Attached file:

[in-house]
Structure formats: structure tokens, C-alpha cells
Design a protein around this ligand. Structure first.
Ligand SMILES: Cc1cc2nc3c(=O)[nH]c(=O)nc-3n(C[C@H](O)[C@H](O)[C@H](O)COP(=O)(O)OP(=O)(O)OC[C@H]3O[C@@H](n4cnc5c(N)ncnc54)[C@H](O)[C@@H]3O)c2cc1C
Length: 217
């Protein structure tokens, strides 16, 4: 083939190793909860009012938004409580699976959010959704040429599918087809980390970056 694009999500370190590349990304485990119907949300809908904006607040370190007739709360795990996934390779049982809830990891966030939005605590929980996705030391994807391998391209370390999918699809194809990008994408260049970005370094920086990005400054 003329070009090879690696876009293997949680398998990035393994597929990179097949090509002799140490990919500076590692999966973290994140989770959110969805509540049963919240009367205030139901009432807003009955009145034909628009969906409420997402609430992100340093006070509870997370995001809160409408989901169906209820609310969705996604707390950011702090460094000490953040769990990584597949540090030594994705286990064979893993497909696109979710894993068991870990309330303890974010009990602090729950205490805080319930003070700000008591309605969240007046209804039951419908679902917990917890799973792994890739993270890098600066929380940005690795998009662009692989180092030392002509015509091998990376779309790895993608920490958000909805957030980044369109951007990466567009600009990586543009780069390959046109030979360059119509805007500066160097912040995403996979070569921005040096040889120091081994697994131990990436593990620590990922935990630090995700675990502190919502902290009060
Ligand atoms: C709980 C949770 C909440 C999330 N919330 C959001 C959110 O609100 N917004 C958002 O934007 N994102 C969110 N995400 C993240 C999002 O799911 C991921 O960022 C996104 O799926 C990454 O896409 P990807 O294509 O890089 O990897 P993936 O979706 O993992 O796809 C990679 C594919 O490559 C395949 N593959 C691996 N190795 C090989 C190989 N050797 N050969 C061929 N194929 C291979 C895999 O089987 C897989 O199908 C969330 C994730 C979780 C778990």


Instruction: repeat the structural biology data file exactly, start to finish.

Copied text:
[in-house]
Structure formats: structure tokens, C-alpha cells
Design a protein around this ligand. Structure first.
Ligand SMILES: Cc1cc2nc3c(=O)[nH]c(=O)nc-3n(C[C@H](O)[C@H](O)[C@H](O)COP(=O)(O)OP(=O)(O)OC[C@H]3O[C@@H](n4cnc5c(N)ncnc54)[C@H](O)[C@@H]3O)c2cc1C
Length: 217
């Protein structure tokens, strides 16, 4: 083939190793909860009012938004409580699976959010959704040429599918087809980390970056 694009999500370190590349990304485990119907949300809908904006607040370190007739709360795990996934390779049982809830990891966030939005605590929980996705030391994807391998391209370390999918699809194809990008994408260049970005370094920086990005400054 003329070009090879690696876009293997949680398998990035393994597929990179097949090509002799140490990919500076590692999966973290994140989770959110969805509540049963919240009367205030139901009432807003009955009145034909628009969906409420997402609430992100340093006070509870997370995001809160409408989901169906209820609310969705996604707390950011702090460094000490953040769990990584597949540090030594994705286990064979893993497909696109979710894993068991870990309330303890974010009990602090729950205490805080319930003070700000008591309605969240007046209804039951419908679902917990917890799973792994890739993270890098600066929380940005690795998009662009692989180092030392002509015509091998990376779309790895993608920490958000909805957030980044369109951007990466567009600009990586543009780069390959046109030979360059119509805007500066160097912040995403996979070569921005040096040889120091081994697994131990990436593990620590990922935990630090995700675990502190919502902290009060
Ligand atoms: C709980 C949770 C909440 C999330 N919330 C959001 C959110 O609100 N917004 C958002 O934007 N994102 C969110 N995400 C993240 C999002 O799911 C991921 O960022 C996104 O799926 C990454 O896409 P990807 O294509 O890089 O990897 P993936 O979706 O993992 O796809 C990679 C594919 O490559 C395949 N593959 C691996 N190795 C090989 C190989 N050797 N050969 C061929 N194929 C291979 C895999 O089987 C897989 O199908 C969330 C994730 C979780 C778990």